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Mounting blocks

Posted by Henry in MI on April 29th, 2001 09:13 AM
In reply to Mounting blocks for outdoor lighting by Elllie on April 29th, 2001 04:03 AM [Go to top of thread]

Hi, Ellie. If you have a friend with woodworking equipment they could make them real quickly, and probably out of scrap wood or cut-offs from other projects. You would need to let them know the size of the light base that will have to fit on them and the "angle" of the siding. To find the angle, get two rulers and a short level. Hold one at an even number of inches, like 4", 5" or 6", at the bottom edge of the siding and so the top edge of this ruler does not go up to the next piece of siding. Now put the level on the ruler edge and move it to center the bubble so it is straight up and down. Now measure the distance from the siding to the top of the ruler and be very exact. This will give you a slope like 5/16" in 4" or 7/32" in 5" or whatever yours measures. This will be easier if you have someone to help hold everything when you are measuring and be sure to write the numbers down.

Now you can give these two dimensions to your woodworking friend and he/she should be able to make you a block. Remind them to drill screw holes and a hole for the wiring with the drill press before they start shaping the wood. This will make it easier for you to mount the blocks as the holes will tend to hold the block level and not just crush the siding.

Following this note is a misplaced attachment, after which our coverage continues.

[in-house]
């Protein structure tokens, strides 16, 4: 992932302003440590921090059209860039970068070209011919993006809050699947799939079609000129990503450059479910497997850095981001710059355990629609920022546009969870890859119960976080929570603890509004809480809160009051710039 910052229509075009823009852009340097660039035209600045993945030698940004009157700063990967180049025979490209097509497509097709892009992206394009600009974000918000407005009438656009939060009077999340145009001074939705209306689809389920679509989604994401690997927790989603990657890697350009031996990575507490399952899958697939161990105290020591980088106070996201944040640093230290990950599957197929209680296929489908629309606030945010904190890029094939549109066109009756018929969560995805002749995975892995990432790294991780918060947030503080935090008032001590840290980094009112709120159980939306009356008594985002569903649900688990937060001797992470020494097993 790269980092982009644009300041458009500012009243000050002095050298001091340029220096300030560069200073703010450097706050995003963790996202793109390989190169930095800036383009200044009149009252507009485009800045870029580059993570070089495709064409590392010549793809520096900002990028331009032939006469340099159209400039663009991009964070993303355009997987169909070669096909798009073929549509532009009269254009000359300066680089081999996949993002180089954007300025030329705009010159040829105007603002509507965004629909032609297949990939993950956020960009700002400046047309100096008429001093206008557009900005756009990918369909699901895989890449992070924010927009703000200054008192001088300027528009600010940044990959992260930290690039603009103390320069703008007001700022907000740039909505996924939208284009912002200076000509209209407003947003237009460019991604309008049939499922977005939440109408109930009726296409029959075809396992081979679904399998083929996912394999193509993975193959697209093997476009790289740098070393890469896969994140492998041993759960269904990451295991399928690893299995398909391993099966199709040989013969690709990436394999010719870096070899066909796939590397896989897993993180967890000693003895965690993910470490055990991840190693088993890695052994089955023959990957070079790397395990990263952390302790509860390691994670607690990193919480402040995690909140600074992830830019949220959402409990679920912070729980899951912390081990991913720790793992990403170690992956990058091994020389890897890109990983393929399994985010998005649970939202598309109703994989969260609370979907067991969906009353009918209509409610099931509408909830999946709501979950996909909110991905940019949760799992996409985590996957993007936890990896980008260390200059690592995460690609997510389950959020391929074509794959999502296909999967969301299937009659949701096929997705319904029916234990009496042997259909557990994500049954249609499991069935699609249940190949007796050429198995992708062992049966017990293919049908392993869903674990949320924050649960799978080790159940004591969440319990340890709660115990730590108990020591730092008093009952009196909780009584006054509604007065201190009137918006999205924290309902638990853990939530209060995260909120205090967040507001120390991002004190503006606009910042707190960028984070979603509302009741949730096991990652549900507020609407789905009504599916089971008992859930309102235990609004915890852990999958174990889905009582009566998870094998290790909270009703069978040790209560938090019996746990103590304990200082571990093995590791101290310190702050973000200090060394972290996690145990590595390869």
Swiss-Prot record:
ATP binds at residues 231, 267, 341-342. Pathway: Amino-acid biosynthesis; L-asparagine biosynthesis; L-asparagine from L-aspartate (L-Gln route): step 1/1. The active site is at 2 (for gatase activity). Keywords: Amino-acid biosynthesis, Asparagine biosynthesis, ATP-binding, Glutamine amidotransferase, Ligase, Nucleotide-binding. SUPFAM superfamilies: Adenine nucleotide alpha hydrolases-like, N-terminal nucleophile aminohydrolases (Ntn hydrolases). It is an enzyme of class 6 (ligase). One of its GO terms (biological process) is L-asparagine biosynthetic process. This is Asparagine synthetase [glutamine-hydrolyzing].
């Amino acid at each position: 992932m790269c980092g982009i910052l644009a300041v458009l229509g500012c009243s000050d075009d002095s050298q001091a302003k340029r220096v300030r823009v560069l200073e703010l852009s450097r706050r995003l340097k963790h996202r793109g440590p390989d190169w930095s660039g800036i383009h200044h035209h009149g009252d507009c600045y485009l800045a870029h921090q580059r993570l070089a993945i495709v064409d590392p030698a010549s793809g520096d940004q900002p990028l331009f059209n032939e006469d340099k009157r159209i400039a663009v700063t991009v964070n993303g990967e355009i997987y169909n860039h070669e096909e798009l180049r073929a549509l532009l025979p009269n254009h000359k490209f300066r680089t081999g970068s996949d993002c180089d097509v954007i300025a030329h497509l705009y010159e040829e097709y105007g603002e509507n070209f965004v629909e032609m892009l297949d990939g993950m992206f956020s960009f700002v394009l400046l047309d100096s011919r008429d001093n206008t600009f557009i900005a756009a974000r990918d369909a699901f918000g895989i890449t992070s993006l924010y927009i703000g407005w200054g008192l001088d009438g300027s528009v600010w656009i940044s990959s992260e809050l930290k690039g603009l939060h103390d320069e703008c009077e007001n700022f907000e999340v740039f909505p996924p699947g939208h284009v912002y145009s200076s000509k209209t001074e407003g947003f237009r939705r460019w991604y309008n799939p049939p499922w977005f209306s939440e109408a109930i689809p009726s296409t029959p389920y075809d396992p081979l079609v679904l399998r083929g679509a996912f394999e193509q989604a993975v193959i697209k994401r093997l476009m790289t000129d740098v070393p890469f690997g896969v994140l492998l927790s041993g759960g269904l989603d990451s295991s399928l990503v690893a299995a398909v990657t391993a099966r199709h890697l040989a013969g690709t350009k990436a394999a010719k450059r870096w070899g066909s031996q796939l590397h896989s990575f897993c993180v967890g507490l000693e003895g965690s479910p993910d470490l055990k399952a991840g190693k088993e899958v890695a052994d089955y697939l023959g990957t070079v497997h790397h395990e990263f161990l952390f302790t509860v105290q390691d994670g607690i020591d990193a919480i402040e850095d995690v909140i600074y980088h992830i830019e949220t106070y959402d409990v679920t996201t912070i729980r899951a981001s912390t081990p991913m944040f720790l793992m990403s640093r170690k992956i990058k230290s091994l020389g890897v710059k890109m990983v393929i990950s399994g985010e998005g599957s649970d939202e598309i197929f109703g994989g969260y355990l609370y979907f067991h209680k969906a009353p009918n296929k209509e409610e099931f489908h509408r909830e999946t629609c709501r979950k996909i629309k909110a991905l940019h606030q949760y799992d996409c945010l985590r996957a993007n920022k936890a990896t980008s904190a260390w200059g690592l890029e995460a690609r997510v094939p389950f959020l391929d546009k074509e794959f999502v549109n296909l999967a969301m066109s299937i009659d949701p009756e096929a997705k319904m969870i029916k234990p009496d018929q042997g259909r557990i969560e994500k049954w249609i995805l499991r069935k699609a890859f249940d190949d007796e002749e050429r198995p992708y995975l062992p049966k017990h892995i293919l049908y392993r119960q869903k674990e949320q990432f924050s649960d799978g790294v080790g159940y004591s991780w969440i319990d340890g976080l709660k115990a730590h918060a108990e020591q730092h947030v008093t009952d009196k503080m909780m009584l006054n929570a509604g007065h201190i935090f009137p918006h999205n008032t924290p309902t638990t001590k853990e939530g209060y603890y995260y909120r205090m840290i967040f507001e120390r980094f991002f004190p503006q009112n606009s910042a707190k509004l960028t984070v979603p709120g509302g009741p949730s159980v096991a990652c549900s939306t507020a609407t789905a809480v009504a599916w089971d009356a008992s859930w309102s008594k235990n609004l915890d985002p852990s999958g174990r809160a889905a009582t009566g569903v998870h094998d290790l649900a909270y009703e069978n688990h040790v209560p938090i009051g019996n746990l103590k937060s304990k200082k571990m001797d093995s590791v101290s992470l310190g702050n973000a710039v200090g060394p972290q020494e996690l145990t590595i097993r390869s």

They might tell you that they cannot cut the slope angle with their table saw, and they are probably right. Remind them that they can do it on a planer if they use another piece of wood for a sled and a small block to hold the slope. But remind them also to watch out for the screws when they are planing. Planer blades are expensive. They can put the screws in a location that will be cut off later.

When you mount blocks, put them up once, being gentle so you don't crush the siding. Then take them off, use new screws, put paintable caulking on the back of the wood around the edges, and put them up again. When the caulking has set up in a day or so, apply a couple of coats of primer to the wood and then paint the same color as the siding. If your lights will be under the eaves, there is no reason to use pressure treated wood for this. Be sure that you have the wiring done safely also.

That should do it for you, if you can find the right person. If not, find a cabinet maker and they might do it for you too.

Henry in MI

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Topic Follow-ups:

  • Henry... by Steve:  4/29/01 07:19 PM
  • Steve:, by Henry in MI  4/29/01 08:02 PM

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